A refreshing twist in a genre where save-the-world is passé.
HP Lovecraft’s tentacle-clad, insanity-invoking alien isn’t what you’d call a typical hero. After rising from the sunken city of R’lyeh, his nefarious plans are foiled by a righteous wizard who seals his powers away. The only way for Cthulhu to regain them is to become a true hero, and so begins his quest to save the world... to destroy it later on.
The homage to franchises like Final Fantasy and Dragon Warrior, and appropriation of Lovecraft-ian lore, combines to make Cthulhu Saves the World a quirky experience. Although crawling dungeons and grinding encounters feels dated, there are plenty of things to remind you that – despite the retro styling and soundtrack – this isn’t an RPG of the early 90s.
Many of the systems are taken from developer Zeboyd Games’ previous outing, Breath of Death VII, and put to good use here. Each dungeon has an
encounter limit that, once hit, disables random battles and allows you to explore without interruption (you can always initiate an encounter manually if you need to grind). Every level up presents you with a branched development option, which gives you the ability to customise your team.
This is very handy to ensure you have a balanced selection of special attacks. It can be tempting to choose damaging single-target attacks which are handy for boss battles, but it’s important to have multi-target moves or you’ll quickly be overwhelmed in standard encounters. In addition to this, you have moves that are powered up by (and subsequently reset) your combo multiplier, unities that team-up two of your party members, and insanity-inducing attacks that change the enemy’s properties and appearance.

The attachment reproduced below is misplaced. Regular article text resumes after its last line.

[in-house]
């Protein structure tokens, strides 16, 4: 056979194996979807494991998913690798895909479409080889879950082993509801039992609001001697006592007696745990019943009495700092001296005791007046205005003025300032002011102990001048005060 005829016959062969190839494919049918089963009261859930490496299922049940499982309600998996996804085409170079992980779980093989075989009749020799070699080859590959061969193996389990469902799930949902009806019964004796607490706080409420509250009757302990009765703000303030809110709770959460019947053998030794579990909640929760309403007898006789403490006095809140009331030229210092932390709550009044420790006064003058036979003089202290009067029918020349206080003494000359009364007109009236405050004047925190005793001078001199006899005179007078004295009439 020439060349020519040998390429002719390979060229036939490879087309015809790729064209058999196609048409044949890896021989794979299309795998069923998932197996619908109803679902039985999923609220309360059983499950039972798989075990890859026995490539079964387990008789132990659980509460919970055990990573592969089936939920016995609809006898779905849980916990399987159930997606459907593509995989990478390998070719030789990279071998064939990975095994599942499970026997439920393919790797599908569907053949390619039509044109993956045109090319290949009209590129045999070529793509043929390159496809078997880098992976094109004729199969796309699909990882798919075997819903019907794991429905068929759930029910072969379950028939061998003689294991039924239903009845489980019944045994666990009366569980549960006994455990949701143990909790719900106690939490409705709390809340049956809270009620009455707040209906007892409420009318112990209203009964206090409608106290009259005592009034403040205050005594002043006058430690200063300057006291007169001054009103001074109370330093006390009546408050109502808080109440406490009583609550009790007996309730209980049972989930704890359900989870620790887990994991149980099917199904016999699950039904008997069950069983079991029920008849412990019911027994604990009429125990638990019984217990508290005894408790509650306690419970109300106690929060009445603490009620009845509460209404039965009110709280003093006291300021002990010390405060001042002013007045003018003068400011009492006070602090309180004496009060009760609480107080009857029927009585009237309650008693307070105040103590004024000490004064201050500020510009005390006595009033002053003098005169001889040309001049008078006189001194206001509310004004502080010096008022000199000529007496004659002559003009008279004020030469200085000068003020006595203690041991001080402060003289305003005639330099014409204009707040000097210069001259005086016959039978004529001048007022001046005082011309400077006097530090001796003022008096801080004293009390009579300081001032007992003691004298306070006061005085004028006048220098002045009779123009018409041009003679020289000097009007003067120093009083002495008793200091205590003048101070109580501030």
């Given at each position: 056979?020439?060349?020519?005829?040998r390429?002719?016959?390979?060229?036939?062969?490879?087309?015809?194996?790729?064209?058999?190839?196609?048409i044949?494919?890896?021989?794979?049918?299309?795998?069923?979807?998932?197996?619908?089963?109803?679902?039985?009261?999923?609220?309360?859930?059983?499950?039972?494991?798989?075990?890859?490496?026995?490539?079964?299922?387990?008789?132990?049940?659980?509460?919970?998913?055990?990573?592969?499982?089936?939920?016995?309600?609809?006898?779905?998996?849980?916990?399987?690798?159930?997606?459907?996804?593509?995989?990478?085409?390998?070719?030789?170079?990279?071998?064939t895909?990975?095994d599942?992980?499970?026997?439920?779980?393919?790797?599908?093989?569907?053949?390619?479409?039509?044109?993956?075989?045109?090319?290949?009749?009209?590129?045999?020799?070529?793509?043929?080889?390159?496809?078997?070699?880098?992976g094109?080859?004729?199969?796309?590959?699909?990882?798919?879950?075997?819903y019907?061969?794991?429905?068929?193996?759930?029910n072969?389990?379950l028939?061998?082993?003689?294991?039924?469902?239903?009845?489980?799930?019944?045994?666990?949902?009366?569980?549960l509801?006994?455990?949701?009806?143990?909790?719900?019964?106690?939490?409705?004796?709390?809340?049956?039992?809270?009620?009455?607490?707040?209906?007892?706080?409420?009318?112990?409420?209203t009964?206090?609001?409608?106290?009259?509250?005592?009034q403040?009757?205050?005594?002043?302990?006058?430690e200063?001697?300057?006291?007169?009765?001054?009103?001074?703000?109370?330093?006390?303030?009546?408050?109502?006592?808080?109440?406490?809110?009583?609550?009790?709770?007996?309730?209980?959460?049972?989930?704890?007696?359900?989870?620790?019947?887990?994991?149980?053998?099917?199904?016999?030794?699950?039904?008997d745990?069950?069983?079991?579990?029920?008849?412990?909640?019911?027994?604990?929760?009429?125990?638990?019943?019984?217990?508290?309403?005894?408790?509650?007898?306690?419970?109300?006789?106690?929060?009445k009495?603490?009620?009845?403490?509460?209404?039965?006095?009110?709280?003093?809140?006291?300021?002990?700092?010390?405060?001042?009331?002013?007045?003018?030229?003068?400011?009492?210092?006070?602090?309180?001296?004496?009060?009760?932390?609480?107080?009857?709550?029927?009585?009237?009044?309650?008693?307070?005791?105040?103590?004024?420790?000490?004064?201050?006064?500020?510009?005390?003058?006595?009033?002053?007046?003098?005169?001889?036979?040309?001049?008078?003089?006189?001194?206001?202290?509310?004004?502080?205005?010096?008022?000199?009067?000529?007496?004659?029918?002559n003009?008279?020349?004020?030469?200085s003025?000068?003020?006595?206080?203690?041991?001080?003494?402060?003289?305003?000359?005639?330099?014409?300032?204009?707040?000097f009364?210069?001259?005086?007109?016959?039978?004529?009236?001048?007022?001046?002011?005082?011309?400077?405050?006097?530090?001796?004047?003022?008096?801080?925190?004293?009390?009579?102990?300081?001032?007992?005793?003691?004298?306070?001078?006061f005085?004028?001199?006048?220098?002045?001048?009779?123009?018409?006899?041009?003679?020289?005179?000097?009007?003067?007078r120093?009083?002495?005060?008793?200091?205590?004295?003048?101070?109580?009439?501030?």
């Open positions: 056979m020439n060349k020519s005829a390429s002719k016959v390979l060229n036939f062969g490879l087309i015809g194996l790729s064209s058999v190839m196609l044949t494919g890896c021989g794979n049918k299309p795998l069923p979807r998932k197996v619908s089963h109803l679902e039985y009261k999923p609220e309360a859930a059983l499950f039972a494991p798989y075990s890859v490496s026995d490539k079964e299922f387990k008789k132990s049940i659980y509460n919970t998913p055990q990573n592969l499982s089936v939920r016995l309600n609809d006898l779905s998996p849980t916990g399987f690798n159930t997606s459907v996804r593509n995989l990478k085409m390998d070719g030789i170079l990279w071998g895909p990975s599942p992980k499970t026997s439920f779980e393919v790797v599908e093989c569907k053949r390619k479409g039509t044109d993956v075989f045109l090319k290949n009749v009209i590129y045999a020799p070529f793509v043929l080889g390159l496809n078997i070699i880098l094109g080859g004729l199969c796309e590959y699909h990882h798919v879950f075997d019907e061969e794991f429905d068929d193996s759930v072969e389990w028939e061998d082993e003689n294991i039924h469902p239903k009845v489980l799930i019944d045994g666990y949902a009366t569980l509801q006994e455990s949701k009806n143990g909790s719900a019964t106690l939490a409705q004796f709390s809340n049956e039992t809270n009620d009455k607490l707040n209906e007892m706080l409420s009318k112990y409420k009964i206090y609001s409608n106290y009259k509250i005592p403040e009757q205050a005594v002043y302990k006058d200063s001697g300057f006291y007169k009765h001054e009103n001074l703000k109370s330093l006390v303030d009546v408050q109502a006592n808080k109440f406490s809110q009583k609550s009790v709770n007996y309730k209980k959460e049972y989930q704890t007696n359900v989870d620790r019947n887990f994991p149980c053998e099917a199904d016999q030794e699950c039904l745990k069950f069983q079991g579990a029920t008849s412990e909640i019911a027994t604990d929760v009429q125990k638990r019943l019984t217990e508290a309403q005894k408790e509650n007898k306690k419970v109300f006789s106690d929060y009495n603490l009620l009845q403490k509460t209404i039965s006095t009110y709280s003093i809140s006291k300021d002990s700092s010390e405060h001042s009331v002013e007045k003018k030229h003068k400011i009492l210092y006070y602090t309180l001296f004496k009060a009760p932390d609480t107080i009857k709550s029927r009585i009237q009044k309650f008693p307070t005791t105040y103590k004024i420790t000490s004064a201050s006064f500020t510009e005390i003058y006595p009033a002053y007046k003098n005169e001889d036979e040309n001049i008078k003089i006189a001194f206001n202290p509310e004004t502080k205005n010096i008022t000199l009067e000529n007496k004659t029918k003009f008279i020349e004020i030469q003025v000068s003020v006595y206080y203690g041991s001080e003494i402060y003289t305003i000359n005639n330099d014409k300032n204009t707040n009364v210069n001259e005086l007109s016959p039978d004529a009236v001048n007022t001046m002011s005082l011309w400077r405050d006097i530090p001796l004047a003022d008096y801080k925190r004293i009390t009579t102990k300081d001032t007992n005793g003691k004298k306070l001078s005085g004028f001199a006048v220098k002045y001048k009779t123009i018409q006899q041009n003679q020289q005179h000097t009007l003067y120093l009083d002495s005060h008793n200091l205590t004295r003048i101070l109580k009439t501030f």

The standard setting has a nice difficulty curve; encounters aren’t too taxing if you pay some attention to character development and the bosses are sufficiently challenging, but there are multiple settings to accommodate a shallower or steeper climb.
You can easily get eight to ten hours out of Cthulhu, and they’re enjoyable hours. On occasion, the tributes to its inspirations are a bit over-enthusiastic and the frequent fourth-wall breaking can be obnoxious, but the vast majority of this game is well written and funny. Lovecraft fans and RPG buffs will appreciate the subtle references scattered throughout, and it’s hard not to like a cast that includes a talking sword and a green alien cat.
Whether you’re looking at Cthulhu Saves the World on Xbox Live Indie Games or the PC, it’s an incredibly good deal for less than £2 (and the Steam version comes packaged with the aforementioned predecessor Breath of Death VII). This is made even sweeter by an update that adds developer commentary and bonus post-game modes (most notably Cthulhu’s Angels, a remix of the story that includes different characters).